Imagery in Dover Beach and Selected Poems
Imagery Examples in Dover Beach and Selected Poems:
"naked shingles of the world...." See in text (Dover Beach)
In this case, “shingles” refers to stones and pebbles, specifically those found along the shore. The image of the “naked shingles of the world” offers a bleak vision of the future when the sea—the Sea of Faith, that is—has fully retreated, leaving the shores of the world barren.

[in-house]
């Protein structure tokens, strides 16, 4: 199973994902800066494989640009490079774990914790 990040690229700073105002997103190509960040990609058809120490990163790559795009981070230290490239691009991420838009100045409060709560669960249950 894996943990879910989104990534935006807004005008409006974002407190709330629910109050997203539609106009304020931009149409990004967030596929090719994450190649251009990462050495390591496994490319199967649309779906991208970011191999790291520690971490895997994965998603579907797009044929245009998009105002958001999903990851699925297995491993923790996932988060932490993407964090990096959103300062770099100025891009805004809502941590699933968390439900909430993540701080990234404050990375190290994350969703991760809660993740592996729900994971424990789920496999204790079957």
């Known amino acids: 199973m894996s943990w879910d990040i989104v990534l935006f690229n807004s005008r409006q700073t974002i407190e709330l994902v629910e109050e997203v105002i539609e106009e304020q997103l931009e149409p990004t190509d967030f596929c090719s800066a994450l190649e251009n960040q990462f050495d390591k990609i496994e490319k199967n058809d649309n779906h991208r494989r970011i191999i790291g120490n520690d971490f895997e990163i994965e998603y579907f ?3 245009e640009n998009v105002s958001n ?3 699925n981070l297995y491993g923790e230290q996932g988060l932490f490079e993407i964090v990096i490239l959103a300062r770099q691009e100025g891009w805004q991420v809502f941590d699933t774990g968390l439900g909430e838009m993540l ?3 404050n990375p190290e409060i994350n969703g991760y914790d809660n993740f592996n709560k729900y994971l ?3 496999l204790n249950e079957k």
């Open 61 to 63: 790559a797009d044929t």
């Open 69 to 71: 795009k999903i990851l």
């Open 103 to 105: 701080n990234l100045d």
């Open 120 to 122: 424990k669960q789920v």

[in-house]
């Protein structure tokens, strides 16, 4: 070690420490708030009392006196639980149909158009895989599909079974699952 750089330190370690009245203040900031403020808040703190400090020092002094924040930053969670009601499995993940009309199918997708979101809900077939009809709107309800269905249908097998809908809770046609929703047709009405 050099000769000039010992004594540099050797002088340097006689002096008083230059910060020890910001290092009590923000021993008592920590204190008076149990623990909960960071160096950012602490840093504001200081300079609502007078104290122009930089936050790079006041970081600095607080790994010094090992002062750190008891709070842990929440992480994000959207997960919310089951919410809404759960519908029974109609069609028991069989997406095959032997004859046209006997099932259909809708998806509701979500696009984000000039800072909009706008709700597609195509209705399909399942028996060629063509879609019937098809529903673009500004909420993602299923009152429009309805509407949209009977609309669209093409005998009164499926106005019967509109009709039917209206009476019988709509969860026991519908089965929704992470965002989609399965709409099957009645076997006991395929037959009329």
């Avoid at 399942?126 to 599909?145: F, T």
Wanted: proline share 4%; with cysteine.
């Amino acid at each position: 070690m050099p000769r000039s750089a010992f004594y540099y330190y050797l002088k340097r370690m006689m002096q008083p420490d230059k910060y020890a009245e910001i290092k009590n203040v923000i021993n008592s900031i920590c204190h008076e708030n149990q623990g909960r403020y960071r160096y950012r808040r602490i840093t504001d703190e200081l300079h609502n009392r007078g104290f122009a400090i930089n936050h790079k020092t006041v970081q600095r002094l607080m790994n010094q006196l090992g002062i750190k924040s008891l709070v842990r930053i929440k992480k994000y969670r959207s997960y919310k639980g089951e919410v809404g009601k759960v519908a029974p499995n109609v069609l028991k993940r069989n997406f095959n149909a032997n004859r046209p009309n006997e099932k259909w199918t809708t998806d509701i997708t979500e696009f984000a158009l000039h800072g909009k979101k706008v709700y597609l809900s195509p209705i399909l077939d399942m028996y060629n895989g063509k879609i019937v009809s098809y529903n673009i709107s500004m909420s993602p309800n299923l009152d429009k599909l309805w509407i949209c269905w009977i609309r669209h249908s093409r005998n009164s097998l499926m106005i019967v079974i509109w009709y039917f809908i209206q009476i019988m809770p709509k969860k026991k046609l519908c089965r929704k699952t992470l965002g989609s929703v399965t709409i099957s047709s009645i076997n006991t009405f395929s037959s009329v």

"Listen! you hear the grating roar Of pebbles..." See in text (Dover Beach)
With the imperative “Listen!,” Arnold directs readers’ (or perhaps his wife’s) focus to the sounds at Dover Beach. The adjective “grating”—a grinding, harsh quality of sound—and the noun “roar”—a full, deep, prolonged noise—create a vivid auditory image of the movement of the pebbles as the waves push and pull them along the shore.
"the moon-blanch'd land..." See in text (Dover Beach)
Arnold’s description of the shore evokes strong visual imagery of the white coastline. The moon is a source of pale, white light, which “blanches,” meaning “whitens,” the land. Also, the notion that the moon can whiten Dover Beach creates a sense of beauty and wonder at the power of nature.